European countries are not under a duty to assist individuals to commit suicide, according to a landmark ruling from the European Court of Human Rights.
The ruling this week came in the case of Haas v Switzerland, where the complainant said that his inability to obtain lethal drugs to kill himself was a violation of his right to privacy.
Mr Haas suffers from a serious psychiatric disorder, but is not suffering from a terminal illness.
The court said in its ruling that, while there was arguably a right to die in terms of Article 8 of the European Convention on Human Rights (the right to private life), there was an obligation on states to ensure the protection of the right to life under Article 2.
“The Court notes that the vast majority of member States place more weight on the protection of an individual’s life than on the right to end one’s life and concludes that the States have a broad margin of appreciation in that respect,” according to a press release on the decision issued by the European Centre for Law and Justice.
The decision has been welcomed by campaigners seeking to prevent assisted suicide from being legalised.
Dr Peter Saunders, CEO of Christian Medical Fellowship, said, “parliamentarians and judges who consider the matter carefully are not fooled by emotive arguments, hard cases and misinformed public opinion.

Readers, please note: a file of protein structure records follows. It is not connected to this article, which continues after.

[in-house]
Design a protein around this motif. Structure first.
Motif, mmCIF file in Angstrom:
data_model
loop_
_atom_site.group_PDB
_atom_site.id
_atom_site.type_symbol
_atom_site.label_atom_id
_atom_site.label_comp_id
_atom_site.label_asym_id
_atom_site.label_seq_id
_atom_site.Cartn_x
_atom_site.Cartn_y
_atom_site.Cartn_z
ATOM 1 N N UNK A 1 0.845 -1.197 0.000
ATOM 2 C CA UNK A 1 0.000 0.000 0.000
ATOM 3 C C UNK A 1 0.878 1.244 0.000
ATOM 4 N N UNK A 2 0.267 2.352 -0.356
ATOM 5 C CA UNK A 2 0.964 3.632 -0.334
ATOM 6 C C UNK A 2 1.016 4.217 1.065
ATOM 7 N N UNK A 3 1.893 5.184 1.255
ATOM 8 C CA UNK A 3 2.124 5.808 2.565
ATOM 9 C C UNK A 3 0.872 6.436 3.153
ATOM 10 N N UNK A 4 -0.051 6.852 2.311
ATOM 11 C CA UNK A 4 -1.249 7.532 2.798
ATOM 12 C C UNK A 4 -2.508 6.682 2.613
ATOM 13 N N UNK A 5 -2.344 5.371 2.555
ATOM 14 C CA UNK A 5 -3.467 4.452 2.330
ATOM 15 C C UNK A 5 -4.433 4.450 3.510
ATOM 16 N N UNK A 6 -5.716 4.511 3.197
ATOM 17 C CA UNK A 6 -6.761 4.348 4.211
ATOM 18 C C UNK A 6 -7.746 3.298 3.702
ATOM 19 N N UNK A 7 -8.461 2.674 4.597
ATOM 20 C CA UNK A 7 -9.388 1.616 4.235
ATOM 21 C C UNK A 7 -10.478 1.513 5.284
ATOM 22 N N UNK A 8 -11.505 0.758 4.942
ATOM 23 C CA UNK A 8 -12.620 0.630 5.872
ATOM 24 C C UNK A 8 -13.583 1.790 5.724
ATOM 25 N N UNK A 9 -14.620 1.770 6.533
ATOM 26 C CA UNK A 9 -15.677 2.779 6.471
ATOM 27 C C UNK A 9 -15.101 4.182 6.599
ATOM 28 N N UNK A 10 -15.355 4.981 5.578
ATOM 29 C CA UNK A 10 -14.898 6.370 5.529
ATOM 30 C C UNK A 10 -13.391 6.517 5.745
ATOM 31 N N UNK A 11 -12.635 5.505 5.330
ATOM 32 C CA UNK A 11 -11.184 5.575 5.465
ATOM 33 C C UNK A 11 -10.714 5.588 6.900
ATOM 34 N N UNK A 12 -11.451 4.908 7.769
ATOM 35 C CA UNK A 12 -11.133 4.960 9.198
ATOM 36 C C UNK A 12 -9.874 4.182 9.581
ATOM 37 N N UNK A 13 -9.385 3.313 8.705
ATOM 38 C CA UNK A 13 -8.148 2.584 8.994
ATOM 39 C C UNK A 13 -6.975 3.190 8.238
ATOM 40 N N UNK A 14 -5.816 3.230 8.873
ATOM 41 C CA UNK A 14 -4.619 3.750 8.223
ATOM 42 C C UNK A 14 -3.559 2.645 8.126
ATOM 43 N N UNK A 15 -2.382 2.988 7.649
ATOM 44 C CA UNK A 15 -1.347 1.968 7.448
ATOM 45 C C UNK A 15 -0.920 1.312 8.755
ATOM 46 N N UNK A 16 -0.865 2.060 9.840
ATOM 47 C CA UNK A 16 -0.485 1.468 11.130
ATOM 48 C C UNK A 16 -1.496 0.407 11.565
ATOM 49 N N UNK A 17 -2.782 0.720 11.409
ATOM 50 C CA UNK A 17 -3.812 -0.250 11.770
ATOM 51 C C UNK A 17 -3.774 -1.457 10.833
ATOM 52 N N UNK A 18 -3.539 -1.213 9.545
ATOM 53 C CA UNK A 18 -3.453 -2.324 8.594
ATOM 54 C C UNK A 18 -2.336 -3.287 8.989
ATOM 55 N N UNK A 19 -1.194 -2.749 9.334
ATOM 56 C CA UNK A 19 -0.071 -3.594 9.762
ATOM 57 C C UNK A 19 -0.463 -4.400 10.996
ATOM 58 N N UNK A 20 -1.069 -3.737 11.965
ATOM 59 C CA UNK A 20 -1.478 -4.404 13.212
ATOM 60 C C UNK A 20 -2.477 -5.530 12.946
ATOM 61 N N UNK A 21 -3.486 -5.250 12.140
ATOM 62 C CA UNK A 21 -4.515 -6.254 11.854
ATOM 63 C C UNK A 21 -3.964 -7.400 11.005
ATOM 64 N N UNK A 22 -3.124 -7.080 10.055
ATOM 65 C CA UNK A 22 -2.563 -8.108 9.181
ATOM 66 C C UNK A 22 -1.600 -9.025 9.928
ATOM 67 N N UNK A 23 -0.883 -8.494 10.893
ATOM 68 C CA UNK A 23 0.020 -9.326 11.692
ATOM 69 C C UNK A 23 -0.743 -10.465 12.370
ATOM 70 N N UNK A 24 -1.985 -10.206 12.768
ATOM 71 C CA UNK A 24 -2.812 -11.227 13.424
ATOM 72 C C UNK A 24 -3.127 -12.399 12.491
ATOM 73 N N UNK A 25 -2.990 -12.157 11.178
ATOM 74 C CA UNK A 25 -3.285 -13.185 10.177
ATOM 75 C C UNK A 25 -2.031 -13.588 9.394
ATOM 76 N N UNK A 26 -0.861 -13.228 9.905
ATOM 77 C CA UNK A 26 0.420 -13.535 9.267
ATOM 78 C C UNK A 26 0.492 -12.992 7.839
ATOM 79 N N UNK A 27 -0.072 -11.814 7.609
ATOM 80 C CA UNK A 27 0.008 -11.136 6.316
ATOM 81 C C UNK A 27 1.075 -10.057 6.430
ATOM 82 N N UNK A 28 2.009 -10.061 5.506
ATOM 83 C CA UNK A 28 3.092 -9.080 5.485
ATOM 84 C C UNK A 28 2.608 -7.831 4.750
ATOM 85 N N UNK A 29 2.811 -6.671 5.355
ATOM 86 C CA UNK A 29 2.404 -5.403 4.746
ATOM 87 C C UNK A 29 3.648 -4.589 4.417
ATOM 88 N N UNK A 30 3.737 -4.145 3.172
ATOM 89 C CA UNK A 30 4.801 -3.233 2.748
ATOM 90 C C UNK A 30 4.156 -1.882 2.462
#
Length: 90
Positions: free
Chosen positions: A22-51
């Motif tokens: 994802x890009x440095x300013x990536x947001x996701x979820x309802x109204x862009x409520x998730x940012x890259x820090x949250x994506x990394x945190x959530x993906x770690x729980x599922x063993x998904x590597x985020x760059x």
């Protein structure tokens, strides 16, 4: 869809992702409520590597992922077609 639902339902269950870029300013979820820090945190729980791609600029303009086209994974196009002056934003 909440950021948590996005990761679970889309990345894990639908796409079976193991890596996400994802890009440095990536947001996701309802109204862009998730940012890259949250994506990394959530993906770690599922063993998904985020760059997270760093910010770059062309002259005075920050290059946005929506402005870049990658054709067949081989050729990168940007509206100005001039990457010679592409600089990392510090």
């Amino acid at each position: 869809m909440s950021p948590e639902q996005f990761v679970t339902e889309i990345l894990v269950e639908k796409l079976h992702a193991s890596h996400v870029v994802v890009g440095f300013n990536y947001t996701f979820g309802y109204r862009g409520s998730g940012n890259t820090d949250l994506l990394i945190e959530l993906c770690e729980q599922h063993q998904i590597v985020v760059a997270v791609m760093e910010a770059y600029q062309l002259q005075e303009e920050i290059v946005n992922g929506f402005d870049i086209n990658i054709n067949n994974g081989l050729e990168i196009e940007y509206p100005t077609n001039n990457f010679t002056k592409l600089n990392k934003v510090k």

“In a democratic society there are limits to human autonomy”, he continued. “The law is there primarily to protect vulnerable people and public safety will always trump the demands of determined individuals backed by pressure groups who want to undermine existing laws”.
The case is the latest in a number of attempts through courts and parliaments around the world to legalise assisted suicide or euthanasia. In April last year, a bill brought before the Canadian parliament that would have legalised euthanasia and assisted suicide was defeated by 228 votes to 59.
A similar bill in South Australia was defeated in November by a majority of 12 to 9.
And in the same month, MSP Margo MacDonald’s End of Life Assistance Bill was defeated in the Scottish Parliament by a margin of 85 votes to 16.
Notwithstanding these matters, the Commission on Assisted Dying was launched in November last year, backed by pro-euthanasia group Dignity in Dying and Sir Terry Pratchett, who is a pro-euthanasia campaigner.
Commenting on attempts by the commission to justify a change in the law, Dr Saunders remarked: “one hopes that British parliamentarians are reading their newspapers and learning from the wisdom of jurisdictions all around the world.”